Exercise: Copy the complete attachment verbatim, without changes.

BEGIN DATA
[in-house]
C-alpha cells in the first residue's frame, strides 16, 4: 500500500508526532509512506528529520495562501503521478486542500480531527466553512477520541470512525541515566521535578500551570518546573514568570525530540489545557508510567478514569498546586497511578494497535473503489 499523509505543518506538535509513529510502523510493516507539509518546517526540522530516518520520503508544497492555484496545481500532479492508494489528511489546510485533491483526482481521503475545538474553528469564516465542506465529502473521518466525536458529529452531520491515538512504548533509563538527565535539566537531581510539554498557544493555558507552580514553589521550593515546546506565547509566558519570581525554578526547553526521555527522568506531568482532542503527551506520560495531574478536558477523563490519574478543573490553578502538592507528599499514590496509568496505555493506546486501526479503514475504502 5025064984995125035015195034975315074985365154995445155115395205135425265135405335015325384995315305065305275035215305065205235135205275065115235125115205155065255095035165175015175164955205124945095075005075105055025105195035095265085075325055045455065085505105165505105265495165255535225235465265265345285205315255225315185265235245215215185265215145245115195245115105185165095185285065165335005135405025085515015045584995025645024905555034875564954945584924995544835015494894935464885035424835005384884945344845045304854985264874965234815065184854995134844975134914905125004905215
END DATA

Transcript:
[in-house]
C-alpha cells in the first residue's frame, strides 16, 4: 500500500508526532509512506528529520495562501503521478486542500480531527466553512477520541470512525541515566521535578500551570518546573514568570525530540489545557508510567478514569498546586497511578494497535473503489 499523509505543518506538535509513529510502523510493516507539509518546517526540522530516518520520503508544497492555484496545481500532479492508494489528511489546510485533491483526482481521503475545538474553528469564516465542506465529502473521518466525536458529529452531520491515538512504548533509563538527565535539566537531581510539554498557544493555558507552580514553589521550593515546546506565547509566558519570581525554578526547553526521555527522568506531568482532542503527551506520560495531574478536558477523563490519574478543573490553578502538592507528599499514590496509568496505555493506546486501526479503514475504502 5025064984995125035015195034975315074985365154995445155115395205135425265135405335015325384995315305065305275035215305065205235135205275065115235125115205155065255095035165175015175164955205124945095075005075105055025105195035095265085075325055045455065085505105165505105265495165255535225235465265265345285205315255225315185265235245215215185265215145245115195245115105185165095185285065165335005135405025085515015045584995025645024905555034875564954945584924995544835015494894935464885035424835005384884945344845045304854985264874965234815065184854995134844975134914905125004905215